?Monseiur Schaffer, a pleasure. Tell me of this mokele-mbembe. What manner of creature is it? The natives have their stories of course, but I would be interested to hear your European point of view. Have you seen it yourself??


Pipe smoke eased out of Schaffer as he considered Antoine's question. A sly grin appeared on the older gentleman's face and he said, "I sense an aura of cyncism. It is well, I completely understand. However, before you are so quick to decide our fate I would caution that even legends have their merits.

"The mokele-mbembe is a terrible serpent that rises out of the rivers, swallowing entire tribes and herds. It protects the dark abyss from which man came.

"There is, indeed a dark abyss, young man, but it is called 'the unknown' by us. The creature protects where locals fear to go: too far beyond their home. It is the same as the notion of a flat earth. People are afraid to leave home and at that point fear turns into reality, they call it the 'abyss' or 'the end', or in the case of the Bantu, 'the beginning'.

"A creature in the jungle would certainly be enough to encite a natural fear into a real one. This is an ancient wilderness and some parts have yet to be explored. It was just a fingersnap of time ago before we'd even walked the stretch of the Nile. Africa has some of the oldest forests in the entire world.

"Why shouldn't prehistory be alive and well in this world today? Deep in unexplored jungles? What the good people of the Congo call I monster, I call a dinosaur. I want to be the first man to see one in the modern world. I have put 2,000 marks on the line to do just that.

"And you, friend, shall be a part of history."

--Laveaux 00:41, 9 December 2005 (CST)

To Antoine?s ears, the answer seemed too rehearsed, too much of a speech, and he surmised that perhaps Schaffer had spoken the same words to many a potential investor over the previous few months.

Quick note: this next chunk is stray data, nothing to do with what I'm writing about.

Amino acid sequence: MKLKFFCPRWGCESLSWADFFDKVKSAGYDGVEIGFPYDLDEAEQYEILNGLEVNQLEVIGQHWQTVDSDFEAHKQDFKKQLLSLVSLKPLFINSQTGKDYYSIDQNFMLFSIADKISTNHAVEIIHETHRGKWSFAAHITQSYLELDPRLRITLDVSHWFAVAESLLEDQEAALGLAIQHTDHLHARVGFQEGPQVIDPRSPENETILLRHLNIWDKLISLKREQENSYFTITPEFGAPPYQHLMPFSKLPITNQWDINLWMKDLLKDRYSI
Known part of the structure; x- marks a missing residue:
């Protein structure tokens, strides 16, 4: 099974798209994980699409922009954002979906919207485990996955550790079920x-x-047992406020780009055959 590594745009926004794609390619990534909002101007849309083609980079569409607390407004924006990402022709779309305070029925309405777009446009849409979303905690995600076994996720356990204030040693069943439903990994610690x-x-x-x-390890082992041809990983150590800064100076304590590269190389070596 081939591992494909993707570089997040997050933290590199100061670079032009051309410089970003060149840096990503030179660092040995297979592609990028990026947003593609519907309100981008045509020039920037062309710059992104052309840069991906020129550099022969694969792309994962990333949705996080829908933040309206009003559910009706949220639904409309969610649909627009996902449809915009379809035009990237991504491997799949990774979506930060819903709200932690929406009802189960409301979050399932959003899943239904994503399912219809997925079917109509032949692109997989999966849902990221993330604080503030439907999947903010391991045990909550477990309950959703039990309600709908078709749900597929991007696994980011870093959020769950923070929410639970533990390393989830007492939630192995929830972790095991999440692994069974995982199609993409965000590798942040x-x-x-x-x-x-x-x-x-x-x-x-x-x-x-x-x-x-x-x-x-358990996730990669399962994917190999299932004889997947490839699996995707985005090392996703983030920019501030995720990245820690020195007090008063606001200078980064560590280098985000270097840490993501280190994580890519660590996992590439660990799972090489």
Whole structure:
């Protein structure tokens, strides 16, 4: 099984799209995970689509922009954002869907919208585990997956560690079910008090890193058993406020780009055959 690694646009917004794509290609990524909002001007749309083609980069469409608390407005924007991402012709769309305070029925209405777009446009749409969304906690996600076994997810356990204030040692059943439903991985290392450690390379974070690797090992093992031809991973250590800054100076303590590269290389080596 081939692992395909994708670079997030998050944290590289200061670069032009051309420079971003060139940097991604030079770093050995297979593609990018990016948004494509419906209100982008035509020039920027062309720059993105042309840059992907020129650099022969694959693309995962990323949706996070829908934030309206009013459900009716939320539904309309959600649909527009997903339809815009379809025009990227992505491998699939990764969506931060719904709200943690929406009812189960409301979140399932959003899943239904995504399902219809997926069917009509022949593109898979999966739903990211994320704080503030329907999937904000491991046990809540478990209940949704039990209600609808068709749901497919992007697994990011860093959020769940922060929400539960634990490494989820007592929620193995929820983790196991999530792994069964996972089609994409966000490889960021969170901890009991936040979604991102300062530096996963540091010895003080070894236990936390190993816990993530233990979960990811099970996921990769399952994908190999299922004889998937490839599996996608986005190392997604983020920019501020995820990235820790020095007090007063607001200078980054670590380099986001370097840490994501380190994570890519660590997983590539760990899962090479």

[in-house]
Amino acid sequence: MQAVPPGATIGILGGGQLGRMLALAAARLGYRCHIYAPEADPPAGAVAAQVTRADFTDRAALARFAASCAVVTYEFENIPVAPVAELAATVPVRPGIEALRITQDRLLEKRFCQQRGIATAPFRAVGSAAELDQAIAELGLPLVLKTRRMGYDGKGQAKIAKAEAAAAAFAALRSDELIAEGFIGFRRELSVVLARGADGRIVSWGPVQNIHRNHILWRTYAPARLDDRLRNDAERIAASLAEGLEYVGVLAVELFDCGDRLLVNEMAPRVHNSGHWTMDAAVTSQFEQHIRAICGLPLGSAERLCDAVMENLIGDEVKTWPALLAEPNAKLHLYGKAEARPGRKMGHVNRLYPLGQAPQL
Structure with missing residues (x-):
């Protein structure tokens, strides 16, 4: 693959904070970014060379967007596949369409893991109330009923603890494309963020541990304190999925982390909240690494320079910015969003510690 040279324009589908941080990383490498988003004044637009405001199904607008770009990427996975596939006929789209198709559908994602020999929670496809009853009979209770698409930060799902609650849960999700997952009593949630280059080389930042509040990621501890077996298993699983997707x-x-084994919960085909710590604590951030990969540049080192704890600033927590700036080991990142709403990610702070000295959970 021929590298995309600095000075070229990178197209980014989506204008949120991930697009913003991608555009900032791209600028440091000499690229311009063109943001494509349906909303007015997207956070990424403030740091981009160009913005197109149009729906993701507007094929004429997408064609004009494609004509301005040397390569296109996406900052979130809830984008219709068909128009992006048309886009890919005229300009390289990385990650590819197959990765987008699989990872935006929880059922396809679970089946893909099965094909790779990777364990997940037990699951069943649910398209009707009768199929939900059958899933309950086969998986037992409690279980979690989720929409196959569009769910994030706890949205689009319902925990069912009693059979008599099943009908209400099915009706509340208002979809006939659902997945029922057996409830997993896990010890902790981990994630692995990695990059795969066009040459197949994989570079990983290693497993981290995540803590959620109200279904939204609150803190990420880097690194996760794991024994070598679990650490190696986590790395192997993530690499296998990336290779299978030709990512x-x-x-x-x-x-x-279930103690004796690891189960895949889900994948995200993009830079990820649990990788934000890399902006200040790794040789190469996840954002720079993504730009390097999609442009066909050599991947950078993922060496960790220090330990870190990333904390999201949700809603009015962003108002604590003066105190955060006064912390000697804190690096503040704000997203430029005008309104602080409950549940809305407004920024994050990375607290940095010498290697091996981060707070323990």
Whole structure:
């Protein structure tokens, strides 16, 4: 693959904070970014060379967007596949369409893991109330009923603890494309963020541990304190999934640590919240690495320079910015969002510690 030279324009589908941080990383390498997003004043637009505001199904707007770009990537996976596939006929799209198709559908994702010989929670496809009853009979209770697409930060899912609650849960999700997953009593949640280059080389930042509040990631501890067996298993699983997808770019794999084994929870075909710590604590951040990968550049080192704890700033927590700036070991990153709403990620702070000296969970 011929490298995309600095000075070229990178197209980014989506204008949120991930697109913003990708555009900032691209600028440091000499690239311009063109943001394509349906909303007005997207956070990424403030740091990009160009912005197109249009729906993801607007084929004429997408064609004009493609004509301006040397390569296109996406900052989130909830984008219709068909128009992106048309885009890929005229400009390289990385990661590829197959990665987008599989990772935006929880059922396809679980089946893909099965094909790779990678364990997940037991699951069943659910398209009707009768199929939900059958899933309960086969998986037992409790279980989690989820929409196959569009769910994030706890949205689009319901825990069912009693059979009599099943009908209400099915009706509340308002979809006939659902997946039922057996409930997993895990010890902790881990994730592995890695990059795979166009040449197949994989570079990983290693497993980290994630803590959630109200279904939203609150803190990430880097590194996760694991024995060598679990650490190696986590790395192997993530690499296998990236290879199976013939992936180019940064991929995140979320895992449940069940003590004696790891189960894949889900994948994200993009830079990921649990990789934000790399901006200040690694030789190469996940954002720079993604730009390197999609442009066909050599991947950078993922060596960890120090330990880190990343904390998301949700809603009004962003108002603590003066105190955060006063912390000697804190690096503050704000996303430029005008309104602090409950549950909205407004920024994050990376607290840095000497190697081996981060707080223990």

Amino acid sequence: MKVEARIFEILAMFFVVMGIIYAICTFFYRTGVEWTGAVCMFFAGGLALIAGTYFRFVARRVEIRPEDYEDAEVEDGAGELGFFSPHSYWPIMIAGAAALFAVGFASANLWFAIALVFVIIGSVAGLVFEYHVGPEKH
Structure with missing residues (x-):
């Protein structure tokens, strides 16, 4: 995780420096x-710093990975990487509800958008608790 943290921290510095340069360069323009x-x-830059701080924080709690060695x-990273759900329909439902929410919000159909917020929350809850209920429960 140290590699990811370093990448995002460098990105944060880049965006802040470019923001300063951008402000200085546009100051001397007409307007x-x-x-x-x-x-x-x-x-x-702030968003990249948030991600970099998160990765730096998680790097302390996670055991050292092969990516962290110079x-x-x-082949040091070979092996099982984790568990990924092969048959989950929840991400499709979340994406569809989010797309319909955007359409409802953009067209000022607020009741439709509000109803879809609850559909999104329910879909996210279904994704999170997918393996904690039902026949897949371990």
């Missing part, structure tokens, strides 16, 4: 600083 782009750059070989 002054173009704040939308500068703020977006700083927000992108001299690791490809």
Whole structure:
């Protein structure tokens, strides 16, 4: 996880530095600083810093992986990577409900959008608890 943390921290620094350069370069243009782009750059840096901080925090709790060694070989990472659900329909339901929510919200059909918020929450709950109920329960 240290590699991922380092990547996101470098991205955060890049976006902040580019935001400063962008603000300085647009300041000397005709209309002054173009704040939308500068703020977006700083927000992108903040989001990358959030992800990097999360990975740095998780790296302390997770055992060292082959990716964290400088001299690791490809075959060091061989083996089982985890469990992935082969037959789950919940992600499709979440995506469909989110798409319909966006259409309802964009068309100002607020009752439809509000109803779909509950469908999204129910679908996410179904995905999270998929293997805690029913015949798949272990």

?I have no desire to be a part of history, Monsieur, just the curiosity to explore the country further. And I feel no cynicism in the local?s beliefs. They tell stories to their children, just as we do?but even stories have a grain of truth to them, yes??

?The jungles are deep. No white man has ventured there. It seems likely to me that there are undiscovered creatures. As for dinosaurs??, he shrugged noncommittally, ??you can call an animal any name you like, it is still an animal.?

?But tell me, why do you believe it is a dinosaur? Have you seen any evidence? Has anyone else seen it? Sanderson perhaps? It seems speculative to pronounce it a dinosaur based purely on the legends of the Congolese.?


"Indeed he has," the investor said with a puff of his pipe, "and his word is worth its weight in gold in the anthropological world The American is barely thirty-five and he has already seen far more than most men do in several lifetimes.

"I've used my sources in Oxford, Cambridge and USC. There is a great deal of biological support for such a creature giving Sanderson's sightings an electric spark in academia.

"It just so happens that us Dutch are quick to our feet and have an interest in promoting a tiny bit of nationalistic pride to our people. Investments came quite easy, despite the poor affairs of Holland at the moment.

"The Dutch always survive," he said with a wink.

--Laveaux 00:41, 9 December 2005 (CST)

In stark contrast to his first diatribe, this second reply was far more convincing. Antoine was no scientist, and could not comment on the academic rigour that Schaffer spoke of, but the words seemed genuine at least.

His last comment could not help but bring a smile to Antoine?s lips.

?As do the Belgians?, he replied. ?Enjoy the trip Monsieur.?

He turned and waved to Catmael standing nearby. He pointed up to the sun, burning its way across the afternoon sky. In a country in which wristwatches were not common, it was the equivalent gesture to tapping the face of a clock, indicating that time was getting on.

?The day will not last forever. Are we ready to depart??